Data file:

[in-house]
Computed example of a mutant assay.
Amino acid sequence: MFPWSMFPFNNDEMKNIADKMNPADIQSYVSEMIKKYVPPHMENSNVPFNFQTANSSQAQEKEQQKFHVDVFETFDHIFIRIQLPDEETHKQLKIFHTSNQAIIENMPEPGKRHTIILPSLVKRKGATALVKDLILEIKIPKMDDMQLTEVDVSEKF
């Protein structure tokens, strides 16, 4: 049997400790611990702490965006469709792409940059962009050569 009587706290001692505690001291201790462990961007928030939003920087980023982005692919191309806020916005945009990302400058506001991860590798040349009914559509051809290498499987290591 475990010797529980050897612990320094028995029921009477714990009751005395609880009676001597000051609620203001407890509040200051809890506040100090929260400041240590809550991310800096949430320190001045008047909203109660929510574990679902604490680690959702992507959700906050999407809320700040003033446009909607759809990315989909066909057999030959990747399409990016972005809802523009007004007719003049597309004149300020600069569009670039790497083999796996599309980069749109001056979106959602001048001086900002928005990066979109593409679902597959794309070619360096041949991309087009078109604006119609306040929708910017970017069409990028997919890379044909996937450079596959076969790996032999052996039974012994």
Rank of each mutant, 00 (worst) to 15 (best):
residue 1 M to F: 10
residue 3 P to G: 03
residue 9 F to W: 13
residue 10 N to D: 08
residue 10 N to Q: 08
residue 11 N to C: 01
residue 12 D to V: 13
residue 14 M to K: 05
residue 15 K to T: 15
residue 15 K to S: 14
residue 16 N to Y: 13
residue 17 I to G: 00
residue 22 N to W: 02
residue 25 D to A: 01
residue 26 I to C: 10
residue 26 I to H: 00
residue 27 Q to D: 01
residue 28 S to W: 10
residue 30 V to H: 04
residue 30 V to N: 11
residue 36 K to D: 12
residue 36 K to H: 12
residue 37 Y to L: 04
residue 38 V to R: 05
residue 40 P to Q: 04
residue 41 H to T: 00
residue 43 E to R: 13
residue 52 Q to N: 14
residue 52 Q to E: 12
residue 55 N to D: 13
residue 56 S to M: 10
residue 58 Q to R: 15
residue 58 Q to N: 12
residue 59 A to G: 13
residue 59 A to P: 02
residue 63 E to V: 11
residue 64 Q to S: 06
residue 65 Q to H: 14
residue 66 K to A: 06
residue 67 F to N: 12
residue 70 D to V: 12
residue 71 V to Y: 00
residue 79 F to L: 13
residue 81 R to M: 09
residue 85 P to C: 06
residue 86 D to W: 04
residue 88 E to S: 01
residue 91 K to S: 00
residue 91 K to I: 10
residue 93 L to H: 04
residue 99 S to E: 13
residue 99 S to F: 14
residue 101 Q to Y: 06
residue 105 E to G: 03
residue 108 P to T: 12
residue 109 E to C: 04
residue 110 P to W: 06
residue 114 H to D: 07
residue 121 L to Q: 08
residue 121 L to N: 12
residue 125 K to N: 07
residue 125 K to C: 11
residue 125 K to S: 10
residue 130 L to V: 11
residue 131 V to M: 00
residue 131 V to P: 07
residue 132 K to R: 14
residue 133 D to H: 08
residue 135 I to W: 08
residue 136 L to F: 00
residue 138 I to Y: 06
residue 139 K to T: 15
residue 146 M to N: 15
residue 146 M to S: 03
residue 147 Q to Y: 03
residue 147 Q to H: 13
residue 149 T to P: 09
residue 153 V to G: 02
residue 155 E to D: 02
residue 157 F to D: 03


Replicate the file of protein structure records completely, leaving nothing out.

[in-house]
Computed example of a mutant assay.
Amino acid sequence: MFPWSMFPFNNDEMKNIADKMNPADIQSYVSEMIKKYVPPHMENSNVPFNFQTANSSQAQEKEQQKFHVDVFETFDHIFIRIQLPDEETHKQLKIFHTSNQAIIENMPEPGKRHTIILPSLVKRKGATALVKDLILEIKIPKMDDMQLTEVDVSEKF
């Protein structure tokens, strides 16, 4: 049997400790611990702490965006469709792409940059962009050569 009587706290001692505690001291201790462990961007928030939003920087980023982005692919191309806020916005945009990302400058506001991860590798040349009914559509051809290498499987290591 475990010797529980050897612990320094028995029921009477714990009751005395609880009676001597000051609620203001407890509040200051809890506040100090929260400041240590809550991310800096949430320190001045008047909203109660929510574990679902604490680690959702992507959700906050999407809320700040003033446009909607759809990315989909066909057999030959990747399409990016972005809802523009007004007719003049597309004149300020600069569009670039790497083999796996599309980069749109001056979106959602001048001086900002928005990066979109593409679902597959794309070619360096041949991309087009078109604006119609306040929708910017970017069409990028997919890379044909996937450079596959076969790996032999052996039974012994």
Rank of each mutant, 00 (worst) to 15 (best):
residue 1 M to F: 10
residue 3 P to G: 03
residue 9 F to W: 13
residue 10 N to D: 08
residue 10 N to Q: 08
residue 11 N to C: 01
residue 12 D to V: 13
residue 14 M to K: 05
residue 15 K to T: 15
residue 15 K to S: 14
residue 16 N to Y: 13
residue 17 I to G: 00
residue 22 N to W: 02
residue 25 D to A: 01
residue 26 I to C: 10
residue 26 I to H: 00
residue 27 Q to D: 01
residue 28 S to W: 10
residue 30 V to H: 04
residue 30 V to N: 11
residue 36 K to D: 12
residue 36 K to H: 12
residue 37 Y to L: 04
residue 38 V to R: 05
residue 40 P to Q: 04
residue 41 H to T: 00
residue 43 E to R: 13
residue 52 Q to N: 14
residue 52 Q to E: 12
residue 55 N to D: 13
residue 56 S to M: 10
residue 58 Q to R: 15
residue 58 Q to N: 12
residue 59 A to G: 13
residue 59 A to P: 02
residue 63 E to V: 11
residue 64 Q to S: 06
residue 65 Q to H: 14
residue 66 K to A: 06
residue 67 F to N: 12
residue 70 D to V: 12
residue 71 V to Y: 00
residue 79 F to L: 13
residue 81 R to M: 09
residue 85 P to C: 06
residue 86 D to W: 04
residue 88 E to S: 01
residue 91 K to S: 00
residue 91 K to I: 10
residue 93 L to H: 04
residue 99 S to E: 13
residue 99 S to F: 14
residue 101 Q to Y: 06
residue 105 E to G: 03
residue 108 P to T: 12
residue 109 E to C: 04
residue 110 P to W: 06
residue 114 H to D: 07
residue 121 L to Q: 08
residue 121 L to N: 12
residue 125 K to N: 07
residue 125 K to C: 11
residue 125 K to S: 10
residue 130 L to V: 11
residue 131 V to M: 00
residue 131 V to P: 07
residue 132 K to R: 14
residue 133 D to H: 08
residue 135 I to W: 08
residue 136 L to F: 00
residue 138 I to Y: 06
residue 139 K to T: 15
residue 146 M to N: 15
residue 146 M to S: 03
residue 147 Q to Y: 03
residue 147 Q to H: 13
residue 149 T to P: 09
residue 153 V to G: 02
residue 155 E to D: 02
residue 157 F to D: 03